Anthony you're correct, I'm talking about liberating the non-religious kernel from the religious flotsam in Jesus' religious teaching. And so yes, I'm certainly talking about a disfiguration. I think Jesus says some non-religious things of value such as loving ones neighbor, defending the marginalized, turning the other cheek, etc. I don't see why any of this need be connected to the Paul Bunyan stories that came to be attached to him. Certainly you weren't thinking that I would somehow ever become supportive of religion, did you? The most you might hope for there is a bit of mild tolerance for it as it isn't going away any time soon. I will also, of course, feel that some of my religious fellows are well meaning and have the right political and ethical aspirations. But that doesn't mean I'm suddenly going to begin seeing belief in divinity and the supernatural as a legitimate stance. Posted by: Sinthome March 25, 2007 at 01:56 PM
"In fact, you would have to erase much of his teaching to get at anything like a ground for ethics of the decent, procedural liberalism the Enlightenment bequeathed."
I always find it odd when you say things like this. I would claim that the Enlightenment has bequeathed many things... For instance, I would see Marx as a culmination of the Enlightenment. It's a little jarring for someone as steeped in Deleuze and Guattari as yourself to have such a difficult time with the concept of creative repetition or a repetition that is not a repetition of the same. I perpetually get the sense that you think I'm defending a position like John Locke's (your remark about Voltaire seemed to suggest this), or a form of rationality like Descartes'. It's more a question of a certain type of spirit and less a question of the content for me. Posted by: Sinthome March 25, 2007 at 02:00 PM
And, of course, Jesus is not the ground of anything... He happened to say some things that I believe are true. Talking of any man as the ground of anything is the whole problem. This is why I side with Socrates over Jesus. Socrates says "ignore me and evaluate what I say". Jesus says "I am God therefore obey what I say". I think this simple difference distils the entire difference between the religious tradition and the philosophical tradition and why they're not ultimately compatable. Jesus, no doubt, was deluded as to his identity and authority, but we, of course, can use our critical subjectivity to determine whether he nonetheless said some true things. Posted by: Sinthome March 25, 2007 at 02:04 PM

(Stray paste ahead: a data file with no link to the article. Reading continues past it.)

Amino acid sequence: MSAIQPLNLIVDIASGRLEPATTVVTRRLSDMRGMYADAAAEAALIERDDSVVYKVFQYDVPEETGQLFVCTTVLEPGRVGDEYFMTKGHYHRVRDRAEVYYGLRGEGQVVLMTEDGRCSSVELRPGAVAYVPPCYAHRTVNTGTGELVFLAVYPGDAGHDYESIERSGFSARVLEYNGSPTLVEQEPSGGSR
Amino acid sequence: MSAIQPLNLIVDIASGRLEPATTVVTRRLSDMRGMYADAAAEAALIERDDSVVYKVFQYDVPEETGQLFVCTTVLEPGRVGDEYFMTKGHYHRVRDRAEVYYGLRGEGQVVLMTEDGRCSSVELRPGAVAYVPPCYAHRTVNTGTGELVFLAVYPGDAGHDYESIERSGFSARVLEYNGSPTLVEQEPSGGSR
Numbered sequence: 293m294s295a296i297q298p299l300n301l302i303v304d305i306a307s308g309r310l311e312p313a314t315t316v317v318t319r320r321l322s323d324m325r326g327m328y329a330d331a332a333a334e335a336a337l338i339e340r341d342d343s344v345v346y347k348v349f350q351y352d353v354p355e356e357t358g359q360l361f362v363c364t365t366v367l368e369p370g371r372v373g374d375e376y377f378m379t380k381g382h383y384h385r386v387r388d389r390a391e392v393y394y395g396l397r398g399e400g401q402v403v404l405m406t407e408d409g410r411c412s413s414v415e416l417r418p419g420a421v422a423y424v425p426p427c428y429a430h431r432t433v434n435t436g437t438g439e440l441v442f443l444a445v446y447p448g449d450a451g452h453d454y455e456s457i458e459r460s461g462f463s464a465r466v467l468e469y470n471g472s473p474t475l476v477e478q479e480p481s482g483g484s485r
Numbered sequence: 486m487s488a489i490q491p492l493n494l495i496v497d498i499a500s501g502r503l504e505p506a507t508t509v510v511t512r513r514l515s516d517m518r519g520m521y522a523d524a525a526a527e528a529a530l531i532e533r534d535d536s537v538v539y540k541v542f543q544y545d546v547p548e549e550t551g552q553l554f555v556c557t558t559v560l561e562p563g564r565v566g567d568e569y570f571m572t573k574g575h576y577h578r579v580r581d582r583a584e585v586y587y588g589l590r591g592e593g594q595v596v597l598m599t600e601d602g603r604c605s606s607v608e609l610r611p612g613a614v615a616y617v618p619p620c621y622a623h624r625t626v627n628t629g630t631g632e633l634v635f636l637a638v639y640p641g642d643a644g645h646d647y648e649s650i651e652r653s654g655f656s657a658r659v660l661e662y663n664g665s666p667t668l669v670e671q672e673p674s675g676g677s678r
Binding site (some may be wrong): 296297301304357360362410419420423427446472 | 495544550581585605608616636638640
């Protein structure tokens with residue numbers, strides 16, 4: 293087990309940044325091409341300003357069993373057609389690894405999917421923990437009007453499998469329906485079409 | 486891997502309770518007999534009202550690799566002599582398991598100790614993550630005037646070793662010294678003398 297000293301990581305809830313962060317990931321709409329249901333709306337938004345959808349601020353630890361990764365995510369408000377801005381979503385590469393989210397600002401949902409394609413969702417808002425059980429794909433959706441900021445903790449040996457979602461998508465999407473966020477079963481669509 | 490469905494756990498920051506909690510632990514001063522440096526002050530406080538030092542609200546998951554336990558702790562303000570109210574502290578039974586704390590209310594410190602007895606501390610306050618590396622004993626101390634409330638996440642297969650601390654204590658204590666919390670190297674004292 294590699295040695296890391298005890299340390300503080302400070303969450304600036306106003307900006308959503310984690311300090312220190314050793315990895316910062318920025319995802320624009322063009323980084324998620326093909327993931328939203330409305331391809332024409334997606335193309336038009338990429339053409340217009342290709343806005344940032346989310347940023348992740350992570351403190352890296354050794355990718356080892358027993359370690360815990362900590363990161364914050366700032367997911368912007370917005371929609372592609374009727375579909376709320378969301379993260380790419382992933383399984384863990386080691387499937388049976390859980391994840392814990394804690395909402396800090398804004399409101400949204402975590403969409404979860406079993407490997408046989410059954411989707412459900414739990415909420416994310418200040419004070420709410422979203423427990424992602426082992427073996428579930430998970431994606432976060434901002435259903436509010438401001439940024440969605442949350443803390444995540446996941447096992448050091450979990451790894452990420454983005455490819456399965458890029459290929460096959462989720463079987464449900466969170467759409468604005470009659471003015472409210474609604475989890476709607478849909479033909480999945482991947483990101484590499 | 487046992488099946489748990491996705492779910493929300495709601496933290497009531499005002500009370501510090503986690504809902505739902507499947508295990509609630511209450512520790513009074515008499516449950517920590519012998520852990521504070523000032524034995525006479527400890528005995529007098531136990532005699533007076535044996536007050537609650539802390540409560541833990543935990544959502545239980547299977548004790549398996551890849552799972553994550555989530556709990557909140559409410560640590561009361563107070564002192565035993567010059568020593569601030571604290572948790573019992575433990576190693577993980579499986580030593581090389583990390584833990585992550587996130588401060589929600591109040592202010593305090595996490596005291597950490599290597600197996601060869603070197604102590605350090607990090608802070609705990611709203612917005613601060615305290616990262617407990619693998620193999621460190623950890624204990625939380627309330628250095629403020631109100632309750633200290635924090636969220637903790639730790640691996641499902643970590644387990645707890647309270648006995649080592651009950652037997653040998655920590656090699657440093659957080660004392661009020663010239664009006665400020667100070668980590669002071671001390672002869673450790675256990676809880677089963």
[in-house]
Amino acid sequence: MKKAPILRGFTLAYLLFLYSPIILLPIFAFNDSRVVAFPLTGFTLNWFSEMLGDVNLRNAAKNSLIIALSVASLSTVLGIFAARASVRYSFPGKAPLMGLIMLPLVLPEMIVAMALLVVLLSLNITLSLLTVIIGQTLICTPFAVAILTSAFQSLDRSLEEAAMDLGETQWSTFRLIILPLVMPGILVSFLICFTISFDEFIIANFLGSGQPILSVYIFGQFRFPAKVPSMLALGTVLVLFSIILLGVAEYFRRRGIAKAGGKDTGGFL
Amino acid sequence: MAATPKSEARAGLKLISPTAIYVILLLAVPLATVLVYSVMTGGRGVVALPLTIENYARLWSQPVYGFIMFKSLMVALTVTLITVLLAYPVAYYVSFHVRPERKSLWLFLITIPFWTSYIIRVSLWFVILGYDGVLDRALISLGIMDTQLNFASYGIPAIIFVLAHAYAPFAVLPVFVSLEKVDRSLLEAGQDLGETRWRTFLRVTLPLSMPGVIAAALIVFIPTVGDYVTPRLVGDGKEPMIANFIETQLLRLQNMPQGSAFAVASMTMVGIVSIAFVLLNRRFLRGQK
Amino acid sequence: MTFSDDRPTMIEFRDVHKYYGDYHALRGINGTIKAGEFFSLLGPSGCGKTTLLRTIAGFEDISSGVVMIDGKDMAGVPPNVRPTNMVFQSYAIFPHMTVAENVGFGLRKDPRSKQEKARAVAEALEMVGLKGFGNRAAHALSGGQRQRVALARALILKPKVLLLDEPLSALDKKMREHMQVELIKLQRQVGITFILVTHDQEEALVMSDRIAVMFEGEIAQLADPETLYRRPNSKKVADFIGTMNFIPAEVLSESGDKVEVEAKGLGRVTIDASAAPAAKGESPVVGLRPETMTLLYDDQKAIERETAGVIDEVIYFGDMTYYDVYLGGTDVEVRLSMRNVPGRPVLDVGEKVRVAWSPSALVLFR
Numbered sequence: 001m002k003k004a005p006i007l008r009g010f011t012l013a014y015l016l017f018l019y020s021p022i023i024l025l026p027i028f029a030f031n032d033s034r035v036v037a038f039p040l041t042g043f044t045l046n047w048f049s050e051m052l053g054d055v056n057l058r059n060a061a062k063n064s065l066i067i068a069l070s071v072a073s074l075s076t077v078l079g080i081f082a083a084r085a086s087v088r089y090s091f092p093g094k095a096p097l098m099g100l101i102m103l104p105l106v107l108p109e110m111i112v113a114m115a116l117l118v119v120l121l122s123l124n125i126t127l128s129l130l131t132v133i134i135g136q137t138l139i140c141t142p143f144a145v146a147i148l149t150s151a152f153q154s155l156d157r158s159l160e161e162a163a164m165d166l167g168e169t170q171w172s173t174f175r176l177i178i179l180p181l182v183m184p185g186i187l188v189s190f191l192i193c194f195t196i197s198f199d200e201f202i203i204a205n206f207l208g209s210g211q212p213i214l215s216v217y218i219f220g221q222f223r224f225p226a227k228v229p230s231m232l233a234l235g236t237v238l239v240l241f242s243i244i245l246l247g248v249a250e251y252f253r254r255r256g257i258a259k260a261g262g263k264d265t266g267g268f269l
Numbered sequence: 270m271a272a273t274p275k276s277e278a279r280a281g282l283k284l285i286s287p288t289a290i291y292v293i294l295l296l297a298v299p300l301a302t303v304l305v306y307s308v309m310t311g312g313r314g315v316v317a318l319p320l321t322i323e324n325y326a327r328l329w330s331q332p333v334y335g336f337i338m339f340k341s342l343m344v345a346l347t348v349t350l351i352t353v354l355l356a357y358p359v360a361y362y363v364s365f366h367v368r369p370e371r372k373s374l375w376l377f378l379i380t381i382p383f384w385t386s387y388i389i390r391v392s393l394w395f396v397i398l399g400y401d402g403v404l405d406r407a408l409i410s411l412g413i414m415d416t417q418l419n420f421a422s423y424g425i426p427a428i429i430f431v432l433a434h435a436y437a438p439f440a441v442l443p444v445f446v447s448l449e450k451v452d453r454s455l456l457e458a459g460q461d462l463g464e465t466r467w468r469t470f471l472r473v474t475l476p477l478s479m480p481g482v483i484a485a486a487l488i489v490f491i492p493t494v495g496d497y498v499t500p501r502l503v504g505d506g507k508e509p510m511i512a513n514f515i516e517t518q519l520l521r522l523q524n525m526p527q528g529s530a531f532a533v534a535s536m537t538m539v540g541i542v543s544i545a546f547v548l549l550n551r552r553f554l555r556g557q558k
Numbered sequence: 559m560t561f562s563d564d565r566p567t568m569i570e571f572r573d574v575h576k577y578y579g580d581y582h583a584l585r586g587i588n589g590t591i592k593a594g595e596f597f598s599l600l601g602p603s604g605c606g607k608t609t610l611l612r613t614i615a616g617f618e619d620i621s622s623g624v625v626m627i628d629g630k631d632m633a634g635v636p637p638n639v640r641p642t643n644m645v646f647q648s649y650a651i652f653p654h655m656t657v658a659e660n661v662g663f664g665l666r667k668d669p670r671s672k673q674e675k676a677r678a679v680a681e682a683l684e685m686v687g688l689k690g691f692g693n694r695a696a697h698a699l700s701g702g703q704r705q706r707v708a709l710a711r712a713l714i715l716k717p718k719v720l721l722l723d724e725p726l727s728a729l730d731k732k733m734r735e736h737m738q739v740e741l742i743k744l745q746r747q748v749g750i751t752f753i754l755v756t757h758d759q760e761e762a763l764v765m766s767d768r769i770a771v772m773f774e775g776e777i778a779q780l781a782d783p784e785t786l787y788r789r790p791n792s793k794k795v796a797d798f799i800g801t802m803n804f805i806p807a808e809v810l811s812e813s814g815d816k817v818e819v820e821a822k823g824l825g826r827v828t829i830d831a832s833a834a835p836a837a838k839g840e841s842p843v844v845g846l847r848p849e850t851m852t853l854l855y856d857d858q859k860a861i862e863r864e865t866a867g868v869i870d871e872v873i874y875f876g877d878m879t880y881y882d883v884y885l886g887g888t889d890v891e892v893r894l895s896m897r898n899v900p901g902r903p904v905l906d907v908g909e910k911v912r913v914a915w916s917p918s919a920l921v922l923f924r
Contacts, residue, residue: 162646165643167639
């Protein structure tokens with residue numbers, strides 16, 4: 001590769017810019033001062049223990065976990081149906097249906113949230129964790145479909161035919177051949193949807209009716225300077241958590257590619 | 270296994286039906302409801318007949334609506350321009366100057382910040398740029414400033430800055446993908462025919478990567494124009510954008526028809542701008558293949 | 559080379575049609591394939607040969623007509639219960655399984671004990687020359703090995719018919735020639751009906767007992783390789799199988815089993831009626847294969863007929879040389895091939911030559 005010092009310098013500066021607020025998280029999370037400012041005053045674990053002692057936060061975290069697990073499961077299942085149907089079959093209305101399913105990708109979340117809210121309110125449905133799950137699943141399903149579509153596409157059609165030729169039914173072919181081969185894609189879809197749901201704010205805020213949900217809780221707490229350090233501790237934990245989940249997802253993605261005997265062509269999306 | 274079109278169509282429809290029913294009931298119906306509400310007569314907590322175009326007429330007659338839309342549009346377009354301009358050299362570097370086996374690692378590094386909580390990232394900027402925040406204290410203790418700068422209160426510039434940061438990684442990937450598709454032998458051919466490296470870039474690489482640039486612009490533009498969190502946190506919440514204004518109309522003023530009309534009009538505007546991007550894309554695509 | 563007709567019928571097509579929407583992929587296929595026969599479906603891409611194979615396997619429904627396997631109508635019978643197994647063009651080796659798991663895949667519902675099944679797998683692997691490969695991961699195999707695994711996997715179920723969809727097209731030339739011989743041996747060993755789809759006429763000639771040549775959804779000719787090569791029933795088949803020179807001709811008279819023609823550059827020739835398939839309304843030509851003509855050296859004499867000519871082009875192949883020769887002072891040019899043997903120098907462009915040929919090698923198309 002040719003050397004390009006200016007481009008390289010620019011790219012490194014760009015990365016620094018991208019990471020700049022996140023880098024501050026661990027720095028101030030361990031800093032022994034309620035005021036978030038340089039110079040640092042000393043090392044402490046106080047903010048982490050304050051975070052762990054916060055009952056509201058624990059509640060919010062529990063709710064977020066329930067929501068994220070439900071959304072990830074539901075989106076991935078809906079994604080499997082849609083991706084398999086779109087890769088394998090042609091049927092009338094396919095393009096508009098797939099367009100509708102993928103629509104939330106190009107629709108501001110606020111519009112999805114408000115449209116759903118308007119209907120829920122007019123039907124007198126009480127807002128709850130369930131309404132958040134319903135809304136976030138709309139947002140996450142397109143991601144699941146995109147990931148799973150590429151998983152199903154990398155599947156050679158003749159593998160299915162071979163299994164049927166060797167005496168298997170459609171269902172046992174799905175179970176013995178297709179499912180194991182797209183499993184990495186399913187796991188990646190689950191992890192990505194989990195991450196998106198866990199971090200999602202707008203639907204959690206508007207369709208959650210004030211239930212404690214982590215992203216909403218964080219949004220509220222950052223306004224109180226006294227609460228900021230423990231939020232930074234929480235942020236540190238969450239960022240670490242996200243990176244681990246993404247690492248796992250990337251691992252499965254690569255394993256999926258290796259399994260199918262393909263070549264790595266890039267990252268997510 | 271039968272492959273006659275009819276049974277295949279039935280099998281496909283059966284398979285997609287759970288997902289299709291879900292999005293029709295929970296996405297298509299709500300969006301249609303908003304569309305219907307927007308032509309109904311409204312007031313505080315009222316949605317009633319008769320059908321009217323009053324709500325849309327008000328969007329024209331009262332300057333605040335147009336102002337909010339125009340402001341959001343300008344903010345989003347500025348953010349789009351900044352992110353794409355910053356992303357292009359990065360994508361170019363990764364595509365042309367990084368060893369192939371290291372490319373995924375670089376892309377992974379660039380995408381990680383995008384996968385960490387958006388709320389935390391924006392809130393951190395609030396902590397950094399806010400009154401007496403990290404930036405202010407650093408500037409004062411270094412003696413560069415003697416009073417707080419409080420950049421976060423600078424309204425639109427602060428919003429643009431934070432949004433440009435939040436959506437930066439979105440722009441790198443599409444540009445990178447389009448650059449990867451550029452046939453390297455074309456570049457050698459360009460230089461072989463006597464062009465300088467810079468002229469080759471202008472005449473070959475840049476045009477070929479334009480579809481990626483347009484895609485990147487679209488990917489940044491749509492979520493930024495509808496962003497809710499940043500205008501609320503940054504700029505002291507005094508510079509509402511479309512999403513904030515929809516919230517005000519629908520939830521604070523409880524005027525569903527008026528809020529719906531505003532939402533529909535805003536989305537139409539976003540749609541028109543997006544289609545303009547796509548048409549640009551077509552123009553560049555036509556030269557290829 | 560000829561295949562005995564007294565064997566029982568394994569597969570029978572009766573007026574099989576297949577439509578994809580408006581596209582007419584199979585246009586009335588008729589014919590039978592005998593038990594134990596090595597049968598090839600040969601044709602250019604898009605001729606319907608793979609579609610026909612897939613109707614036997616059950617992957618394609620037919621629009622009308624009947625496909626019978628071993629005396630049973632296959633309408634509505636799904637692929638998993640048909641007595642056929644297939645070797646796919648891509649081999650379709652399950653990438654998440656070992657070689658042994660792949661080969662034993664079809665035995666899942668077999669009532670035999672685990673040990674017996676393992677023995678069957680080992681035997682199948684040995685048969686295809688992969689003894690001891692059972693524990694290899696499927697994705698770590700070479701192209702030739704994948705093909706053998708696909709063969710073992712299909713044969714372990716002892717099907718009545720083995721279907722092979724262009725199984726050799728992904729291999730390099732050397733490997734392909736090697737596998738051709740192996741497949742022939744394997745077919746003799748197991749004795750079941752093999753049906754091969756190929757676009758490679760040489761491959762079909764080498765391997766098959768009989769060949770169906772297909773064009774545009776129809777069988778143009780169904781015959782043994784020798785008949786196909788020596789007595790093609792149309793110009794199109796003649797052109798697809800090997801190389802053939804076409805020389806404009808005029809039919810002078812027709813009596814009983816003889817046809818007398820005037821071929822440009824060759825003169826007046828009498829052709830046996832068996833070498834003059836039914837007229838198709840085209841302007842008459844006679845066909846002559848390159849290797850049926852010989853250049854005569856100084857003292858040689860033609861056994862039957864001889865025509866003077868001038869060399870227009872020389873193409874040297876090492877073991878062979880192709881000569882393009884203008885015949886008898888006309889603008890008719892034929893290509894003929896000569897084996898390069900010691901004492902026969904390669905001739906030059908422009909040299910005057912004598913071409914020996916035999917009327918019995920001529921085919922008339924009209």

Yes, I am convinced that your approach to religion is essentially politically, intellectually, and ethically useless, much like Voltaire's. I value your insights on other things, but religion is not one of them. Love your enemies is not a truth one comes through by way of reason. Posted by: Anthony Paul Smith March 25, 2007 at 02:19 PM
"Love your enemies is not a truth one comes through by way of reason."
Sure it is. It is an exercise in rhetorical warfare at the level of political practice. Take Gandhi. In practicing non-violent protest and allowing themselves to be brutalized by their followers, they earned the sympathy of the witnesses of this violence. That is, the action is not addressed to the oppressors-- though perhaps the unwillingness to strike back horrifies them too --but the witnesses. In doing this, the witnesses come to side with the victims and the power of the oppressors is diminished. Socrates makes similar points at the end of the Apology. All of this strikes me as very reasonable political praxis.
You would have to make arguments as to how you see my remarks on religion as politically, ethically, and intellectually useless. Politically I'm discussing moments in history where fighting against religion in highly religious environments has been successful, thereby undermining the canard that it must simply be accepted. Moreover, I'm troubled by the way in which religion has so often been used as a tool of the oppressors. Here Zinn's opening chapter in the People's History is priceless. These issues would be related to ethics as well. Moreover, I'm simply refusing the common thesis that there can be no ethics without religion or that ethics somehow come from religion. Finally, intellectually, I'm bothered by the way in which religious belief has so often been anti-intellectual and inhibited intellectual development. The Middle Ages put Europe behind for about a thousand years. You can disagree, of course, but really you should make an actual argument rather than simple assertions. Posted by: Sinthome March 25, 2007 at 02:35 PM